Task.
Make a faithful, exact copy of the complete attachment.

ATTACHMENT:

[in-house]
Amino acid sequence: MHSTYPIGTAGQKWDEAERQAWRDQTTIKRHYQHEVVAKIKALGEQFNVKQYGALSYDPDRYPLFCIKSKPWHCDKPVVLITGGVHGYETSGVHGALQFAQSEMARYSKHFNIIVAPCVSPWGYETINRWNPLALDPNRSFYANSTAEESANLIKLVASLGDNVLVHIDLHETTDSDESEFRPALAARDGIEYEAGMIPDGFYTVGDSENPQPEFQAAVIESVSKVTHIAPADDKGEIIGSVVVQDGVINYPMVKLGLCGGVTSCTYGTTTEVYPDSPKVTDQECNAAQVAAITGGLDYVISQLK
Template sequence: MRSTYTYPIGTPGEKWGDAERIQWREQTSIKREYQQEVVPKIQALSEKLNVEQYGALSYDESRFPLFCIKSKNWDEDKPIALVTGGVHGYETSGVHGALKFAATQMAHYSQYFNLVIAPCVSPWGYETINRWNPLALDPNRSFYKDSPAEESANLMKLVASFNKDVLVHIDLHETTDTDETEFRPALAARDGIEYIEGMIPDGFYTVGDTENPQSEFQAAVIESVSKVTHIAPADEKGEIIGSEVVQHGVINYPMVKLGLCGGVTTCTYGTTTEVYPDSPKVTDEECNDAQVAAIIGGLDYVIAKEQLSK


[in-house]
Amino acid sequence: MHSTYPIGTAGQKWDEAERQAWRDQTTIKRHYQHEVVAKIKALGEQFNVKQYGALSYDPDRYPLFCIKSKPWHCDKPVVLITGGVHGYETSGVHGALQFAQSEMARYSKHFNIIVAPCVSPWGYETINRWNPLALDPNRSFYANSTAEESANLIKLVASLGDNVLVHIDLHETTDSDESEFRPALAARDGIEYEAGMIPDGFYTVGDSENPQPEFQAAVIESVSKVTHIAPADDKGEIIGSVVVQDGVINYPMVKLGLCGGVTSCTYGTTTEVYPDSPKVTDQECNAAQVAAITGGLDYVISQLK
Template sequence: MRSTYTYPIGTPGEKWGDAERIQWREQTSIKREYQQEVVPKIQALSEKLNVEQYGALSYDESRFPLFCIKSKNWDEDKPIALVTGGVHGYETSGVHGALKFAATQMAHYSQYFNLVIAPCVSPWGYETINRWNPLALDPNRSFYKDSPAEESANLMKLVASFNKDVLVHIDLHETTDTDETEFRPALAARDGIEYIEGMIPDGFYTVGDTENPQSEFQAAVIESVSKVTHIAPADEKGEIIGSEVVQHGVINYPMVKLGLCGGVTTCTYGTTTEVYPDSPKVTDEECNDAQVAAIIGGLDYVIAKEQLSK